Tragically Hip | Film & TV | Salt Lake City Weekly

Tragically Hip 

The Devil and Daniel Johnston tells the sad story of a troubled hipster icon.

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If you’re mentally ill, you must beware the hipster, for he wants to make you his mascot. If you’ve got a half-crippling neurosis or an insurmountable brain hurdle, yet you’re also cogent enough to create art without irony, the hipster will proclaim to all who will listen that you’re a cracked, misunderstood genius. He’ll come to your parents’ house and spend all the money his own parents gave him, just so he can buy your homemade art. He’ll have T-shirts made up, and he’ll spout to the alternative press about the great, undiscovered country that is your talent. The hipster loves idiot savants, I suspect mostly because they’re no competition to the frustrated artist inside every one of his kind. How can he be expected to match the spooky, dissonant creative output of a guy who is unable to leave his parents’ house?

Director Jeff Feuerzeig is that kind of hipster, but only in a very good way. The Devil and Daniel Johnston'which won the 2005 Sundance documentary directing award'tells the story of the titular manic-depressive singer, songwriter and artist. It’s the biggest contribution yet to the ridiculously overstuffed canon of praise for this strange middle-age man with graying hair, a reedy voice and homemade cassette tapes full of off-kilter, sometimes achingly beautiful songs about lost love, cartoon characters and other mundanities. With the same quiet, observational style of Terry Zwigoff’s Crumb, Feuerzeig creates a comprehensive portrait of a longtime McDonald’s employee who’s beloved by celebrities and luminaries of the Austin music scene and beyond'someone who doesn’t seem to comprehend the real source of his love, yet still seems oddly determined to get more. Johnston is portrayed as some amalgamation of Brian Wilson, Jonathan Richman and William Hung, following the path of Being There’s Chauncey Gardiner into the most elite corridors of confessional indie rock.

And Feuerzeig makes sure it’s easy to understand the passion Johnston inspires in those hipsters. His lyrics are frighteningly devoid of the artifice and posturing in which everything we do is cloaked. He doesn’t instinctively shy away from the documentation of raw emotion, particularly in hundreds of songs about a girl named Laurie Allen, his teenage muse who married an undertaker. He has his own vocabulary and a roving viewpoint that often turns brilliantly non- sequitur (“Running water, where are you running from?”).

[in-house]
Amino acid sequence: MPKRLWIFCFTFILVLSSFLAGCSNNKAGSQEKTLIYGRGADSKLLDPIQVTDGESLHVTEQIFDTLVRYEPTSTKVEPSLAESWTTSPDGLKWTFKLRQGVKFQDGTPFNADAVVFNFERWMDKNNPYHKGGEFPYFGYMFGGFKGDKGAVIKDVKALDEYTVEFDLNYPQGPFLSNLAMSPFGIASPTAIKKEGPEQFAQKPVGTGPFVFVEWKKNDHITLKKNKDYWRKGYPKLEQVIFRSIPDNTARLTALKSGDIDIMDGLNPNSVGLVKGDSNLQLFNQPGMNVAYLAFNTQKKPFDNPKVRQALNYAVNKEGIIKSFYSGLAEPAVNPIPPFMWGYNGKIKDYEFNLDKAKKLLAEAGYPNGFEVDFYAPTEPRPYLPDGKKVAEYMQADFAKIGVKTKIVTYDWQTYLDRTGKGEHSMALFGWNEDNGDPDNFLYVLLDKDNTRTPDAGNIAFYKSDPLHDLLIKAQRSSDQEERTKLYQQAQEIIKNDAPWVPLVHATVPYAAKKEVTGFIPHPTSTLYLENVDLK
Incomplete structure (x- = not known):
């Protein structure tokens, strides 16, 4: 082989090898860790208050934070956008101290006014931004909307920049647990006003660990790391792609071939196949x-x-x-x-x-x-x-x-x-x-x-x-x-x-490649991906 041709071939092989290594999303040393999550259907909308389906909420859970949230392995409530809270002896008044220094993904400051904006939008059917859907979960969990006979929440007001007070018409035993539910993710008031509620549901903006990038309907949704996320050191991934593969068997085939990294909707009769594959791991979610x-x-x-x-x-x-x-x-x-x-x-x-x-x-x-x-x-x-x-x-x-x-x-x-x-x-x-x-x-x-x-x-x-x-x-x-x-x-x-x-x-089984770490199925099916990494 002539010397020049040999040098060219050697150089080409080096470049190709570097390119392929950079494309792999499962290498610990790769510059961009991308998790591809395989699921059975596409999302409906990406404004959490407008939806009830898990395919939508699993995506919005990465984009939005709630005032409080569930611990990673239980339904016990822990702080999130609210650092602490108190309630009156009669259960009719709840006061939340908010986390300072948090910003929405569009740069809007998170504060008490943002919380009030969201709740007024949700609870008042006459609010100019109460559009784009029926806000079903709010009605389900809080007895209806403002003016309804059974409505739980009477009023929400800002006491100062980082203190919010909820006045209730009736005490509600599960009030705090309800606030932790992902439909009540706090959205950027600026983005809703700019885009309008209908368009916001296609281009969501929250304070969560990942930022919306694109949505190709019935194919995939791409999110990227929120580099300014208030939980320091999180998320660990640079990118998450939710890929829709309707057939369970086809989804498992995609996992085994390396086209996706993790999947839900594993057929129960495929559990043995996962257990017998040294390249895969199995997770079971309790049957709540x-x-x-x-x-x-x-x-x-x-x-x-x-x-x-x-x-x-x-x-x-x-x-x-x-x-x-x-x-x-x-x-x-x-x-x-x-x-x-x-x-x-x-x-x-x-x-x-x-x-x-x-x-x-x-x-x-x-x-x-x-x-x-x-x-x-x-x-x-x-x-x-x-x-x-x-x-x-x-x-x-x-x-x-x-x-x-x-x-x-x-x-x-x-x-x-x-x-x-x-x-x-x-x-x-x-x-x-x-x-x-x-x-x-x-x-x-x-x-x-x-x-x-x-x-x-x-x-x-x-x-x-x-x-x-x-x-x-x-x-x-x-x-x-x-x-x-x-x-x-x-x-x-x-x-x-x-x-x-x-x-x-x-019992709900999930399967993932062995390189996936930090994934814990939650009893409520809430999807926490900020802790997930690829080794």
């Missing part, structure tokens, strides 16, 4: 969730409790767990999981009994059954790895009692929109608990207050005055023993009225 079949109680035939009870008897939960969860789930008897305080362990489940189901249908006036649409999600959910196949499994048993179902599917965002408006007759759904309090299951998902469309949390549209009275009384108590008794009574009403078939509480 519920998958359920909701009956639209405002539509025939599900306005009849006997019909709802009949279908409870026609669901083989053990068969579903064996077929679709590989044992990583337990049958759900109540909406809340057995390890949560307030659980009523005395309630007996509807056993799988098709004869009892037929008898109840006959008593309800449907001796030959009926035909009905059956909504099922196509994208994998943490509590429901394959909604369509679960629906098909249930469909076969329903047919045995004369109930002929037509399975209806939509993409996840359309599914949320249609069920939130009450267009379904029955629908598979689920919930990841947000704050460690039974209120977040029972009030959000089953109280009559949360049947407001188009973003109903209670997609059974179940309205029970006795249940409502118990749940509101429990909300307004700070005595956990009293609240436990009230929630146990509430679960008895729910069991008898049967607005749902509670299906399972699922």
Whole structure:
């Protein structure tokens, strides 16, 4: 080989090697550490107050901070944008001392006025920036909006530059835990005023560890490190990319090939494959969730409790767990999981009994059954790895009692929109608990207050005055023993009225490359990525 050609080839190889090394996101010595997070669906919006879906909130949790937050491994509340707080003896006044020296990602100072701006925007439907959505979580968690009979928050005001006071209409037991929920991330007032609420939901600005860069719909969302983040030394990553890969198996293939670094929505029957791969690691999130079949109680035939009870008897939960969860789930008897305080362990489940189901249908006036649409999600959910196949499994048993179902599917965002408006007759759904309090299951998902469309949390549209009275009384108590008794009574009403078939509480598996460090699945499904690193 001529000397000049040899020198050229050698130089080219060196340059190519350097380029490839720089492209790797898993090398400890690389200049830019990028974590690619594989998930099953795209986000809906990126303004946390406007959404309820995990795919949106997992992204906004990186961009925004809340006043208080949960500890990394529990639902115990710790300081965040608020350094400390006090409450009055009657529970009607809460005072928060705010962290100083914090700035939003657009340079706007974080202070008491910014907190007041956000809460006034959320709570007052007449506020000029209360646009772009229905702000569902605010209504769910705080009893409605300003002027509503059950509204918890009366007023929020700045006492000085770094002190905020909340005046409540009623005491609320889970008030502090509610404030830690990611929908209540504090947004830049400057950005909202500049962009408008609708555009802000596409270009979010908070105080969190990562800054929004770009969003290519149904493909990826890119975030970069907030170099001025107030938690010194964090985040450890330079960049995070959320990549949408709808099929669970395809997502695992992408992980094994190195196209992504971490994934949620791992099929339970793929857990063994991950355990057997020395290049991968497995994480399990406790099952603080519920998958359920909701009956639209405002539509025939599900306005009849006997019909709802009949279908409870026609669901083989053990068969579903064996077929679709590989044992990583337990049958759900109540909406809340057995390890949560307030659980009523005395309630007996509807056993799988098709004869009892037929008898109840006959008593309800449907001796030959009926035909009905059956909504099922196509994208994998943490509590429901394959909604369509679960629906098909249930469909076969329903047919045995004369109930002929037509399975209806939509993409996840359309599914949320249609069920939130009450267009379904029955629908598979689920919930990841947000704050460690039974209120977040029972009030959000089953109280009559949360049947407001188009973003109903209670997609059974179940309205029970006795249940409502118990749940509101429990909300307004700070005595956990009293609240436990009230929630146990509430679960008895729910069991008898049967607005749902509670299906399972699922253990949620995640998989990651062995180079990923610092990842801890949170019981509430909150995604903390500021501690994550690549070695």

Feuerzeig also hit a documentary filmmaker’s gold mine à la Capturing the Friedmans in the Johnston family’s compulsive taping of nearly everything that has happened in their lives. The family bought a Super-8 camera and made movies, allowing Feuerzeig to start his story from the high-school days when Johnston was mostly praised for his similarly raw drawing talent. He was in and out of mental institutions in the 1980s and 1990s as his condition worsened, but his following only grew as his music became popular on the indie scene with each of his basement-created cassettes'which, as the legend goes, were sometimes recorded individually from scratch, because he didn’t know how to dub.

He attracted a cult celebrity following including everyone from Eddie Vedder to Matt Groening, and Kurt Cobain sometimes wore “Hi, How Are You?” T-shirts, celebrating his albums and artwork. He collaborated with Yo La Tengo, and his songs have been covered by everyone from Beck to Sonic Youth. He was also prone to vanishing for days at a time, disappearing into the streets of New York or simply going off to a carnival. He actively cultivated the fame born from his MTV The Cutting Edge appearance in a manner that shows he’s not quite as out of touch with reality as some hipsters might suggest. But when his illness hit hard, he sometimes fought the devil; he famously threw the keys out of his parents’ plane when he became convinced Satan was his co-pilot.

The hipster already has decided that Daniel Johnston is a genius. You might not be quite as convinced after you hear his music, though is homemade animated films show an unusual vision. But this much his clear: Feuerzeig took a rich documentary subject and didn’t miss a note, creating a complex portrait that’s only fawning in a few well-chosen places. It’s mostly just an unadorned treatise about this strange middle-age man who lives with his parents, and it invites you to decide whether the hipsters actually got it right this time.

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About The Author

Greg Beacham

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